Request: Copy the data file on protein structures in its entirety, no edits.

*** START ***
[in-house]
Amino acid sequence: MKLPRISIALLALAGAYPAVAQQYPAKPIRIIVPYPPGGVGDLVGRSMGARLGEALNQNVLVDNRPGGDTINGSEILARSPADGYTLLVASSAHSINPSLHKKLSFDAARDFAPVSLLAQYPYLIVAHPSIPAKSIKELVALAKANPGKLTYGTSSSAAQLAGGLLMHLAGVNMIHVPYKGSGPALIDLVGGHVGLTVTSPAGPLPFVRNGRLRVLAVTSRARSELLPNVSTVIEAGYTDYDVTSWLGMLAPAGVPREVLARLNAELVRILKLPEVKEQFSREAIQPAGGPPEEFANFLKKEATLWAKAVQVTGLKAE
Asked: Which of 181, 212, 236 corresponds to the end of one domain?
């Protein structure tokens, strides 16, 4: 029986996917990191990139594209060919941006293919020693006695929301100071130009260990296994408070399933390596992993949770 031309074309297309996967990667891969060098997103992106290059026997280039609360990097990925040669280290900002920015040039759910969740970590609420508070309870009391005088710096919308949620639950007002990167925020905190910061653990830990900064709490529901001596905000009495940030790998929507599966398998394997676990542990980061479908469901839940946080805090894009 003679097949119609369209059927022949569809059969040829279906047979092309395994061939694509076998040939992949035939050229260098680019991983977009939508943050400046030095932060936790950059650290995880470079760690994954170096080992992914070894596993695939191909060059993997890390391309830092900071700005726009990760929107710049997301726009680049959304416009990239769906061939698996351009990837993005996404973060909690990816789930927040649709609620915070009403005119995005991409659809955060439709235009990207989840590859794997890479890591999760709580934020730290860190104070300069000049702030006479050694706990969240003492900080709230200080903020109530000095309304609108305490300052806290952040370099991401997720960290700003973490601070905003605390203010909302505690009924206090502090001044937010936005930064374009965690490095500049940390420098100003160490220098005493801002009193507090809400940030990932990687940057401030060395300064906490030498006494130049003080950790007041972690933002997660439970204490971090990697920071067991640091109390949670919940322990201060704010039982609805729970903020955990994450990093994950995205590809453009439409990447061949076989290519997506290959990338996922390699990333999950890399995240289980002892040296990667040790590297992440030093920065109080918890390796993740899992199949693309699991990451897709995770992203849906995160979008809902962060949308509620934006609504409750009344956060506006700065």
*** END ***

[in-house]
Amino acid sequence: MKLPRISIALLALAGAYPAVAQQYPAKPIRIIVPYPPGGVGDLVGRSMGARLGEALNQNVLVDNRPGGDTINGSEILARSPADGYTLLVASSAHSINPSLHKKLSFDAARDFAPVSLLAQYPYLIVAHPSIPAKSIKELVALAKANPGKLTYGTSSSAAQLAGGLLMHLAGVNMIHVPYKGSGPALIDLVGGHVGLTVTSPAGPLPFVRNGRLRVLAVTSRARSELLPNVSTVIEAGYTDYDVTSWLGMLAPAGVPREVLARLNAELVRILKLPEVKEQFSREAIQPAGGPPEEFANFLKKEATLWAKAVQVTGLKAE
Asked: Which of 181, 212, 236 corresponds to the end of one domain?
């Protein structure tokens, strides 16, 4: 029986996917990191990139594209060919941006293919020693006695929301100071130009260990296994408070399933390596992993949770 031309074309297309996967990667891969060098997103992106290059026997280039609360990097990925040669280290900002920015040039759910969740970590609420508070309870009391005088710096919308949620639950007002990167925020905190910061653990830990900064709490529901001596905000009495940030790998929507599966398998394997676990542990980061479908469901839940946080805090894009 003679097949119609369209059927022949569809059969040829279906047979092309395994061939694509076998040939992949035939050229260098680019991983977009939508943050400046030095932060936790950059650290995880470079760690994954170096080992992914070894596993695939191909060059993997890390391309830092900071700005726009990760929107710049997301726009680049959304416009990239769906061939698996351009990837993005996404973060909690990816789930927040649709609620915070009403005119995005991409659809955060439709235009990207989840590859794997890479890591999760709580934020730290860190104070300069000049702030006479050694706990969240003492900080709230200080903020109530000095309304609108305490300052806290952040370099991401997720960290700003973490601070905003605390203010909302505690009924206090502090001044937010936005930064374009965690490095500049940390420098100003160490220098005493801002009193507090809400940030990932990687940057401030060395300064906490030498006494130049003080950790007041972690933002997660439970204490971090990697920071067991640091109390949670919940322990201060704010039982609805729970903020955990994450990093994950995205590809453009439409990447061949076989290519997506290959990338996922390699990333999950890399995240289980002892040296990667040790590297992440030093920065109080918890390796993740899992199949693309699991990451897709995770992203849906995160979008809902962060949308509620934006609504409750009344956060506006700065």